Using AI for Reduced-Order Modeling
What is ROM and why use itIf you are an engineer or have ever worked in solving an engineering problem, you have probably tried to explain the behavior of a system using first principles. In such situations, you must understand the system’s physics to derive a mathematical representation. The real value of a first-principles model is that results typically have a clear, explainable physical meaning. In addition, behaviors can often be parameterized. However, high-fidelity non-linear models can take hours or even days to simulate. In fact, system analysis and design might require thousands or hundreds of thousands of model simulations to obtain meaningful results. This causes a significant computational challenge for many engineering teams. Moreover, linearizing complex models can result in high-fidelity models that do not contribute to the dynamics of interest in your application. In these situations, AI-based reduced-order models can significantly speed up simulations and analysis of higher-order large-scale systems. Reduced Order Modeling (ROM) is a technique for reducing the computational complexity or storage requirement of a computer model, while preserving the expected fidelity within a controlled error. Engineers and scientists use ROM techniques to:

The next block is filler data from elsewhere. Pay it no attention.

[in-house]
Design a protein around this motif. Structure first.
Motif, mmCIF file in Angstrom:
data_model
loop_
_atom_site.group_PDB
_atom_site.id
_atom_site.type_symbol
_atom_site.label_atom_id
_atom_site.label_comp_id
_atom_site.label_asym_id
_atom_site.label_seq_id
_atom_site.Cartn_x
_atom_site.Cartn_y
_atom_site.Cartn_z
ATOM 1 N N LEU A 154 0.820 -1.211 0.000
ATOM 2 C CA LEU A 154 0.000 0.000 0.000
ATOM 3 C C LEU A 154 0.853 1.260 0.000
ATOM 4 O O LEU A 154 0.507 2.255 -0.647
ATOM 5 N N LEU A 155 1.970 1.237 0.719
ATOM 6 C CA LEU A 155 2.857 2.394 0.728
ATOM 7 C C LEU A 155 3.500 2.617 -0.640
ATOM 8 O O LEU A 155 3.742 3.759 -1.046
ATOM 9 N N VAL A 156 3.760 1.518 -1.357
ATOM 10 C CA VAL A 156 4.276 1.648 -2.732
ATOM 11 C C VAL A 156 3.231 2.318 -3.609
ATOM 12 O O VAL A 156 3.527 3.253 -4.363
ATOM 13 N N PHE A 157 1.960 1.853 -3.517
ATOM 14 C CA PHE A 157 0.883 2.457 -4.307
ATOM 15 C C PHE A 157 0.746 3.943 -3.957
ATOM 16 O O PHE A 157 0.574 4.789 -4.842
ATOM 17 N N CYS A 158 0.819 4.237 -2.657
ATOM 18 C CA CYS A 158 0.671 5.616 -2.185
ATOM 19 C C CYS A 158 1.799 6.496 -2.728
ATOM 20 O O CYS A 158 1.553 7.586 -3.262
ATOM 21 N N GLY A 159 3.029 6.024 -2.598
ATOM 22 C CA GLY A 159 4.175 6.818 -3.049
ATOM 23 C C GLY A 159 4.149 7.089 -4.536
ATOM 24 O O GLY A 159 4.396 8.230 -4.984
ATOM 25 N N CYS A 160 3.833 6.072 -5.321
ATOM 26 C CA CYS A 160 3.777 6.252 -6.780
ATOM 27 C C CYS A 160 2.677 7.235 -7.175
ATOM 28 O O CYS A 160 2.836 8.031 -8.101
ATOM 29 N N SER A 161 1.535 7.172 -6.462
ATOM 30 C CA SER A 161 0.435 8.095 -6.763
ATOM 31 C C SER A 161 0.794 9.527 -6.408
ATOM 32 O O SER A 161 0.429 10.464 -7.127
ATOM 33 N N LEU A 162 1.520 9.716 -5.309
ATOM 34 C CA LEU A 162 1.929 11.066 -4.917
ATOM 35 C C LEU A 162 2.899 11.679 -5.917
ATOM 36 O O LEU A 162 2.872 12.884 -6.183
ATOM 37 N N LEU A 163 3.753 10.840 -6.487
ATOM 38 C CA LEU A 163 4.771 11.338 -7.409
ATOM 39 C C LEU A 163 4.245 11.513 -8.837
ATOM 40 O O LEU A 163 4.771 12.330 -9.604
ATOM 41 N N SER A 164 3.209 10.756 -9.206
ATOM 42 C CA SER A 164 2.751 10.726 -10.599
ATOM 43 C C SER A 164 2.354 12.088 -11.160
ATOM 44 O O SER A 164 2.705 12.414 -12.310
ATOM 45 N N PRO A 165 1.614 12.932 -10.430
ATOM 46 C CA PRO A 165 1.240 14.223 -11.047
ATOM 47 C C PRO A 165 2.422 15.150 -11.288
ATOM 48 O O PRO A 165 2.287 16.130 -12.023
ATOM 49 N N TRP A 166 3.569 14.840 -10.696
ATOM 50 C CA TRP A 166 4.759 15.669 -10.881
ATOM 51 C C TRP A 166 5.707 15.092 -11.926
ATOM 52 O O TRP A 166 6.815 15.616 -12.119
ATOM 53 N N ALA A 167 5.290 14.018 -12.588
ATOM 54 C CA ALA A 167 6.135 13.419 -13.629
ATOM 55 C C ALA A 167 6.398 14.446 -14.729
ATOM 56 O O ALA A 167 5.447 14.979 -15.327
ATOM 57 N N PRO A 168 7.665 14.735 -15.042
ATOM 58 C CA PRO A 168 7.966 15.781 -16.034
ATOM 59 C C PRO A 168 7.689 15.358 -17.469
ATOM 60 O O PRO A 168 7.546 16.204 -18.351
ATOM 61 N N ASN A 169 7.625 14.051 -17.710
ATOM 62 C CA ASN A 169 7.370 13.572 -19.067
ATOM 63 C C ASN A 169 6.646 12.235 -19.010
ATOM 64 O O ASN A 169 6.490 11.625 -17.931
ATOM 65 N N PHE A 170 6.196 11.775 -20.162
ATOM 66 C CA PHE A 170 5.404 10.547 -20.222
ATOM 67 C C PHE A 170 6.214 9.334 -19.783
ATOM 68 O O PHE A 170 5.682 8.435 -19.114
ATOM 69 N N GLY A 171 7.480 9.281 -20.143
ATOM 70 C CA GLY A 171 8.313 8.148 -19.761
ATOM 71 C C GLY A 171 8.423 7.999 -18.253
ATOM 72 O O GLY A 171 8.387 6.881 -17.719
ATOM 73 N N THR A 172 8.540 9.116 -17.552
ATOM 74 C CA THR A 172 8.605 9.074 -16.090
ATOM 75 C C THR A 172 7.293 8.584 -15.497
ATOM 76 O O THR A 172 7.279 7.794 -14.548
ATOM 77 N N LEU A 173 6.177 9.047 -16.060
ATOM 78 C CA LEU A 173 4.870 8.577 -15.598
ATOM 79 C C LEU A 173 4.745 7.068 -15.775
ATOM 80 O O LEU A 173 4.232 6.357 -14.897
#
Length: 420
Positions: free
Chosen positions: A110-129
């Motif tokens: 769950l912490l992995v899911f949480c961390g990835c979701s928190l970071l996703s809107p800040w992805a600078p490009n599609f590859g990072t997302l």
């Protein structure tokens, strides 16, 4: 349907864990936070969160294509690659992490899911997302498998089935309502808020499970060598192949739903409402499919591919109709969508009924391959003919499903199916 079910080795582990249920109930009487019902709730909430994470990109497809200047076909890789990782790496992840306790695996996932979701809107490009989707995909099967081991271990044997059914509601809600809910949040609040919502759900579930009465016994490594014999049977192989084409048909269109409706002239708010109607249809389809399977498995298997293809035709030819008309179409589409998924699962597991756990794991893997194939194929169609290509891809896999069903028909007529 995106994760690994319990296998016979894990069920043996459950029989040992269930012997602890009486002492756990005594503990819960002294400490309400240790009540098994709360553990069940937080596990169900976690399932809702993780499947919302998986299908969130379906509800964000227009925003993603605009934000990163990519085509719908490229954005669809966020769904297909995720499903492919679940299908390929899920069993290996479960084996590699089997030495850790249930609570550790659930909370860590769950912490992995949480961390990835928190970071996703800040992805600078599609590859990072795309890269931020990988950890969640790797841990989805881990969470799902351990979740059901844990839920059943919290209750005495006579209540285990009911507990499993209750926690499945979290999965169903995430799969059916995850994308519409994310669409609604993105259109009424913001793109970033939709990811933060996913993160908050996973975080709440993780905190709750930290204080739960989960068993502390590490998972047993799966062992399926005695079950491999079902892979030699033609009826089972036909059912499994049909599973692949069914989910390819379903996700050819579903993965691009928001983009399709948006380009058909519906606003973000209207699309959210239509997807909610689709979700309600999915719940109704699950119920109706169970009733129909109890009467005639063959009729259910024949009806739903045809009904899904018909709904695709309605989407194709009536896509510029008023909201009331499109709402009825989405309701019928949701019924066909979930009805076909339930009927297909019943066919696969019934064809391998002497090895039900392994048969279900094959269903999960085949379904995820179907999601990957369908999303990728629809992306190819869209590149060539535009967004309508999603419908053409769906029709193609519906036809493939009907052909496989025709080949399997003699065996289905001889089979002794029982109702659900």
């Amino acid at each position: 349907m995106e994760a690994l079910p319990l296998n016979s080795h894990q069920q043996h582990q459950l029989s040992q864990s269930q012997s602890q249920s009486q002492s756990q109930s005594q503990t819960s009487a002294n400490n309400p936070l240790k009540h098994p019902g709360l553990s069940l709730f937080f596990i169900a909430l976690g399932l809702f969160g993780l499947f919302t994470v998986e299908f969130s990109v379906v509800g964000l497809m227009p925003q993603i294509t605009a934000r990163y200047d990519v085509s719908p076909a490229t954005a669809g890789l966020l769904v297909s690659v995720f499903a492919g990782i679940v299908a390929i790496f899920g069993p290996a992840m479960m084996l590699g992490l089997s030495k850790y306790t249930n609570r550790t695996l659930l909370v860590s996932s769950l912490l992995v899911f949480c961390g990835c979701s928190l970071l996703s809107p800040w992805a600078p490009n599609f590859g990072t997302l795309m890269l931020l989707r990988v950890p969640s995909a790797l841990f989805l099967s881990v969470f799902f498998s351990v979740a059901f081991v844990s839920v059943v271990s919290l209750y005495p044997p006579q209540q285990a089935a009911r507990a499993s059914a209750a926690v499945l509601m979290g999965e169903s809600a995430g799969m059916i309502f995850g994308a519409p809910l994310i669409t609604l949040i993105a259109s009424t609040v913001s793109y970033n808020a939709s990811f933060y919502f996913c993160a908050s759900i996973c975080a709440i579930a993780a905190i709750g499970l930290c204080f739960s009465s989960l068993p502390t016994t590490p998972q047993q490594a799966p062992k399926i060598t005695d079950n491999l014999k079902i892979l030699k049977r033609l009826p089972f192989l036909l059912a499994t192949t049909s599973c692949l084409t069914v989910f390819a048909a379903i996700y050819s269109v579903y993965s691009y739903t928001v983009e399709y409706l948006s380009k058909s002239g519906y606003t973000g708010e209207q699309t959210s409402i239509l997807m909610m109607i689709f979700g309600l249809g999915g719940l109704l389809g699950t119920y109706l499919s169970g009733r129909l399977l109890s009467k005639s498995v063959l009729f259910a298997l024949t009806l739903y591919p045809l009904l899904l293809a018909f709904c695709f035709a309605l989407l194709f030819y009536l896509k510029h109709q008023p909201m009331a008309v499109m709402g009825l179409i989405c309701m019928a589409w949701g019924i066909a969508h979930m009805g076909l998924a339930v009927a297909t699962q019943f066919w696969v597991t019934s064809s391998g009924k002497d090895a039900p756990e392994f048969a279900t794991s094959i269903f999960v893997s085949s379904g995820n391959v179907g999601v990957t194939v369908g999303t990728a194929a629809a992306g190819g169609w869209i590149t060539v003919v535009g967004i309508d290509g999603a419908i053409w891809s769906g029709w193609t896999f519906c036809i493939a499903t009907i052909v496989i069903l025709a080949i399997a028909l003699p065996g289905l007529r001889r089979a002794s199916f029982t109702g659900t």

- Speed up system-level desktop simulation
- Perform hardware-in-the-loop testing
- Enable system-level simulation
- Develop virtual sensors and digital twins
- Perform control design
AI-based reduced-order modelingAI enables to create a model from measured data of your component, so you get the right answer in an accurate, dynamic, and low-cost way. We can’t always make good analytical models of the things in the world. Sometimes the theory and/or technology isn’t there. For example, estimating a motor’s internal temperature is challenging because no cost-efficient sensors can do this, and methods like FEA and lumped thermal models are either very slow or require domain expertise to set up. Even if you already have a high-fidelity first-principles model, you can use data-driven models to create a surrogate model that is potentially simpler and simulates faster. A faster but equally accurate model can help you progress as you design, test, and deploy your system. For this talk, I focused on replacing an existing high-fidelity first-principles model with an AI-based reduced-order model. To create such a reduced-order model, you can follow the steps in an AI-driven system design workflow: data preparation, AI modeling, system simulation, and deployment.
Figure: AI-driven design involves data preparation, AI modeling, system design, and deployment. Let’s take a closer look at how you can create a reduced-order model of a vehicle engine for closed-loop control of vehicle speed. In the image below, you can see a system-level model of a vehicle in Simulink. The goal is to control the vehicle’s velocity based on the driver’s input. This virtual model includes components representing a simulated driver, road conditions, the controllers, and vehicle dynamics. The passenger car subsystem models the entire vehicle dynamics: wheels, differential, vehicle body, and the vehicle engine. These have been modeled using first principles, but given the complex nature of high-fidelity models, simulation can notably be slowed down.